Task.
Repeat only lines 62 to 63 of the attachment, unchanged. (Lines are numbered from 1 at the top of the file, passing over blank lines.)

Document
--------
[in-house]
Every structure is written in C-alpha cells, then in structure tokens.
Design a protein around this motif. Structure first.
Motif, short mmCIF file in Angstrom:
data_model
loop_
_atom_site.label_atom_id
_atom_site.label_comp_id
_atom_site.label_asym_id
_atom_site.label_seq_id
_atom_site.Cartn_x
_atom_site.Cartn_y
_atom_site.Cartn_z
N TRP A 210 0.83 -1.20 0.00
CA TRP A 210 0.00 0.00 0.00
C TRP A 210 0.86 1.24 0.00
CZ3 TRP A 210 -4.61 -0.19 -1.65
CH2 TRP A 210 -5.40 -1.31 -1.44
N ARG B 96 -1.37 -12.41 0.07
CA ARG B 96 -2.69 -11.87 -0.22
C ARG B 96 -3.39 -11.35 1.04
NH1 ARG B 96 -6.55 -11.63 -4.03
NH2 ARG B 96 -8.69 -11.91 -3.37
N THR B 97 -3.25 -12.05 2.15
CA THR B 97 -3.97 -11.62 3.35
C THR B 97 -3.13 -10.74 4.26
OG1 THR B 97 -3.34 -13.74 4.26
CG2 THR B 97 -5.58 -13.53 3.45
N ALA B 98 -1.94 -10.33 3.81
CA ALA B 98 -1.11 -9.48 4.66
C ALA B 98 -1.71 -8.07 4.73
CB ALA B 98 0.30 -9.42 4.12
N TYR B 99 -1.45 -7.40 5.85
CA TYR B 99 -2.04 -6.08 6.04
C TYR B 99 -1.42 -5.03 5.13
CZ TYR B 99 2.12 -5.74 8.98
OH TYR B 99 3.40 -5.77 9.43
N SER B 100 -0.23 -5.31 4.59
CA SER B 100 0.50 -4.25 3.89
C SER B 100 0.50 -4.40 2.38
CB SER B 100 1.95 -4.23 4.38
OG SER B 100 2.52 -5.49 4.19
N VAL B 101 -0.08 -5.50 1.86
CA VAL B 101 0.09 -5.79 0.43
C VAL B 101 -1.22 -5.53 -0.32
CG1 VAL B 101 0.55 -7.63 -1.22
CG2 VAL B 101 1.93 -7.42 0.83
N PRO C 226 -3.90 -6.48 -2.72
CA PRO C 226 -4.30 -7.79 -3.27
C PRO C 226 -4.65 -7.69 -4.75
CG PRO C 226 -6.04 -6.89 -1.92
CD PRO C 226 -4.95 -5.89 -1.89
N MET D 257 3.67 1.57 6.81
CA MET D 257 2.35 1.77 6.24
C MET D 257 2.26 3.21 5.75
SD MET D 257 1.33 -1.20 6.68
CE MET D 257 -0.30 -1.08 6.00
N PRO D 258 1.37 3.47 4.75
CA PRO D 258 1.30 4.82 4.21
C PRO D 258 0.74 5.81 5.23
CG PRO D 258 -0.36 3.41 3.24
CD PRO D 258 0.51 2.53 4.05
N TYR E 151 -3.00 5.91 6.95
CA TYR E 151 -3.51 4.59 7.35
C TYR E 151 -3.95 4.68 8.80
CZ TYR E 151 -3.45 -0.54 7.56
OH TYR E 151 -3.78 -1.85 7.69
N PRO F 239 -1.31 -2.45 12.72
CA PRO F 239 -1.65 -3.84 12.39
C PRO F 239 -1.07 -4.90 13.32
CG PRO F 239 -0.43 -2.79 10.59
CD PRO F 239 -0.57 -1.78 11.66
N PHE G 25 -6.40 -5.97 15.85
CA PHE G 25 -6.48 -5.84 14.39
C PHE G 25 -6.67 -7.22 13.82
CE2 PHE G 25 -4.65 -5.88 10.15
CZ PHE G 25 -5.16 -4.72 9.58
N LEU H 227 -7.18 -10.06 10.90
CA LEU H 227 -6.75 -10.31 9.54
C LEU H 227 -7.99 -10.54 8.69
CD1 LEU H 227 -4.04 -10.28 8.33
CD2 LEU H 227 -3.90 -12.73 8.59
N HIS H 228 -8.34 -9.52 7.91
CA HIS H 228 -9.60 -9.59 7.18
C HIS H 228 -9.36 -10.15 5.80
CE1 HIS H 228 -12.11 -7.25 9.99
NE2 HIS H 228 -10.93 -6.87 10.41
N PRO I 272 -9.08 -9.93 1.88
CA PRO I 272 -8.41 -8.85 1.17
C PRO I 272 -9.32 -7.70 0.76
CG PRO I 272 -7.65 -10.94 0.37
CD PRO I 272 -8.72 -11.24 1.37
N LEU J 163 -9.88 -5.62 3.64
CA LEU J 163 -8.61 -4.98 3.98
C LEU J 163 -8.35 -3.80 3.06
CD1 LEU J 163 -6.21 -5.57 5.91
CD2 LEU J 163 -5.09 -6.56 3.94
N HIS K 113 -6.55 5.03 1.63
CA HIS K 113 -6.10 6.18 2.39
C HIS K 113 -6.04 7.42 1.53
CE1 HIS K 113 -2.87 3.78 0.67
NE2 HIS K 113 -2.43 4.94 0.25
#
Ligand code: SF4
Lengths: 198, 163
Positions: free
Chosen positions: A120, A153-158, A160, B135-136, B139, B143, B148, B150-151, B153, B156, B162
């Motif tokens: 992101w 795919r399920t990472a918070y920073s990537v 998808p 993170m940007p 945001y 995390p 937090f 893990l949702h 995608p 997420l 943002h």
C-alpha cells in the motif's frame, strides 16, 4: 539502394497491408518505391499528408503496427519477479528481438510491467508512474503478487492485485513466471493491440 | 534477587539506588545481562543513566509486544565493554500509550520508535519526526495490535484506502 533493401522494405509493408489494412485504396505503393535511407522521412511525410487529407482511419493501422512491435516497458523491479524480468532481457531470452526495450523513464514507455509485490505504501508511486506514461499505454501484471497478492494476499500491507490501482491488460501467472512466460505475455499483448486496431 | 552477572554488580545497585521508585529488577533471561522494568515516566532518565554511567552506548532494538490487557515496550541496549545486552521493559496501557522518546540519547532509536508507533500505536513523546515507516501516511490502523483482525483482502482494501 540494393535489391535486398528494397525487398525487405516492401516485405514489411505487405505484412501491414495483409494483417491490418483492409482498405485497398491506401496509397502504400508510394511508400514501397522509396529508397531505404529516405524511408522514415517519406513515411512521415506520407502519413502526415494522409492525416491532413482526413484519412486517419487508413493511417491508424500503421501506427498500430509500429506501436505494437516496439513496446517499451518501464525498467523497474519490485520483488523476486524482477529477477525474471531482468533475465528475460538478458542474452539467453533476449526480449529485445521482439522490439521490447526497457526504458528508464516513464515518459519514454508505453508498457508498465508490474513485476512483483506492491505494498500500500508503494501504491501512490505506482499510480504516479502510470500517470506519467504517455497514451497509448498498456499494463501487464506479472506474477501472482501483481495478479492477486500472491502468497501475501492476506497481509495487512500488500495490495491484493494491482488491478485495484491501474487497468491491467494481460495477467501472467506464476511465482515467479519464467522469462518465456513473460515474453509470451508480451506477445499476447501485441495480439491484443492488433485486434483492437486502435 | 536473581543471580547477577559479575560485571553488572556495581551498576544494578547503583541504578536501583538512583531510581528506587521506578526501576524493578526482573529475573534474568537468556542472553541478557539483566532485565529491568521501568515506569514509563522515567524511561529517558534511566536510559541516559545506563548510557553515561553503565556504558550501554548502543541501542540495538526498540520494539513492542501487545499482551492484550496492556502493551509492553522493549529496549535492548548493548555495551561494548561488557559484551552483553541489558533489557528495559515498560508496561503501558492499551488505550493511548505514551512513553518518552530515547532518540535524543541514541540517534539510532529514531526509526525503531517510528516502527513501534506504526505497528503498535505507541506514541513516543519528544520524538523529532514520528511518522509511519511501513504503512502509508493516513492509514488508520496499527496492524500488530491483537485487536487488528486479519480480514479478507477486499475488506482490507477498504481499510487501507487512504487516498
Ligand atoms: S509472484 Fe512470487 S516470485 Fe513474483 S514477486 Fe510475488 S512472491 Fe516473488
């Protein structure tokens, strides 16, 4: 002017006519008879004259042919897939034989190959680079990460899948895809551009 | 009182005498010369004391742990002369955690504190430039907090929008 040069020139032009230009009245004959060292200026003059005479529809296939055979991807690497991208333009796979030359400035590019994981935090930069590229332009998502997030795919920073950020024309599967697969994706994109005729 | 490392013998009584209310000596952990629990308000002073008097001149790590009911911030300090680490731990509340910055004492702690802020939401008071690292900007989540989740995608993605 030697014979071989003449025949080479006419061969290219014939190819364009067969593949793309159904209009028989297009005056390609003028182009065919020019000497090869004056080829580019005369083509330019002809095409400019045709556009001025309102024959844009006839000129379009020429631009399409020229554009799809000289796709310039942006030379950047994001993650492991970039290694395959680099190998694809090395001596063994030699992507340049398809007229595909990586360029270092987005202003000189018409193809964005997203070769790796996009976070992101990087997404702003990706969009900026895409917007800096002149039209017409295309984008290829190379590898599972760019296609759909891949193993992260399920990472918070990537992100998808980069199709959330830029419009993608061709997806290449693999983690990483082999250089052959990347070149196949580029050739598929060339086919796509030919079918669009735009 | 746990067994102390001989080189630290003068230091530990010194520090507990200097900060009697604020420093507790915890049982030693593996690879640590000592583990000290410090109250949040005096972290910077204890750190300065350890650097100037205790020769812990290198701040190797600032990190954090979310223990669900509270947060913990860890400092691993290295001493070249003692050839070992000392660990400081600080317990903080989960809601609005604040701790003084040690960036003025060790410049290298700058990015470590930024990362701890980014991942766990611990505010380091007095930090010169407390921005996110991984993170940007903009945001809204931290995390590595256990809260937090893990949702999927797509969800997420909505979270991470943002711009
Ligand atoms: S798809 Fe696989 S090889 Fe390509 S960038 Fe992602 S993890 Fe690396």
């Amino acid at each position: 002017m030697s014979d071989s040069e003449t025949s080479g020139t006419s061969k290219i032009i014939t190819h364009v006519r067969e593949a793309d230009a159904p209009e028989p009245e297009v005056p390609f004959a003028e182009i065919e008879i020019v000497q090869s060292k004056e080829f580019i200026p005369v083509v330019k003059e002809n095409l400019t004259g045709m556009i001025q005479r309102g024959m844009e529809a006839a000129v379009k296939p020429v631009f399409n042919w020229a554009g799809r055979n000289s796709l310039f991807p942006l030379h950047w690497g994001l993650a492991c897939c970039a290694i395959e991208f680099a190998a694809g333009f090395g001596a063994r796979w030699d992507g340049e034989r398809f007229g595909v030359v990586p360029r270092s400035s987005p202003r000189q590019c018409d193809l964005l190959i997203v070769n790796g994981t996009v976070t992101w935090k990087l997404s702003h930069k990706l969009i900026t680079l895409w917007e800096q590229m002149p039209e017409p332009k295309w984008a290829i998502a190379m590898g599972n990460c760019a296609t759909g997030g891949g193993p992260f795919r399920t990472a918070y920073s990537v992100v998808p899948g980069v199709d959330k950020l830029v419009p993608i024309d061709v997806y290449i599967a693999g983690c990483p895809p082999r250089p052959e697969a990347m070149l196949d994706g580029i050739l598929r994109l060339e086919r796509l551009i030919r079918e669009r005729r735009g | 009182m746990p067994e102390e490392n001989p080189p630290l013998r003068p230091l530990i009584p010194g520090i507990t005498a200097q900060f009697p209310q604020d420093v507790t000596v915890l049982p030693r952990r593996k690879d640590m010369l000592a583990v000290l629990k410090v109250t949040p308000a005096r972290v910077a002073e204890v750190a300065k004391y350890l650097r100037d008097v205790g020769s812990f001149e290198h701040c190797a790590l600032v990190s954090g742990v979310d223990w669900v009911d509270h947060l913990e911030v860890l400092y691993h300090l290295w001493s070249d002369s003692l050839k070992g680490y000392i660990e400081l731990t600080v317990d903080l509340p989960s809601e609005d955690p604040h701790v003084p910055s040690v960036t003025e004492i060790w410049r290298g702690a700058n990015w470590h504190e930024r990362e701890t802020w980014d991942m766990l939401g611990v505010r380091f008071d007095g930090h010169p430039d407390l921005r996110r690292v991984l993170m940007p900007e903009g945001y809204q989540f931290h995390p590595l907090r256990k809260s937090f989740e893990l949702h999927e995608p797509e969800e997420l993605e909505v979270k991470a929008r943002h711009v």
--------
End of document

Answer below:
CD PRO D 258 0.51 2.53 4.05
N TYR E 151 -3.00 5.91 6.95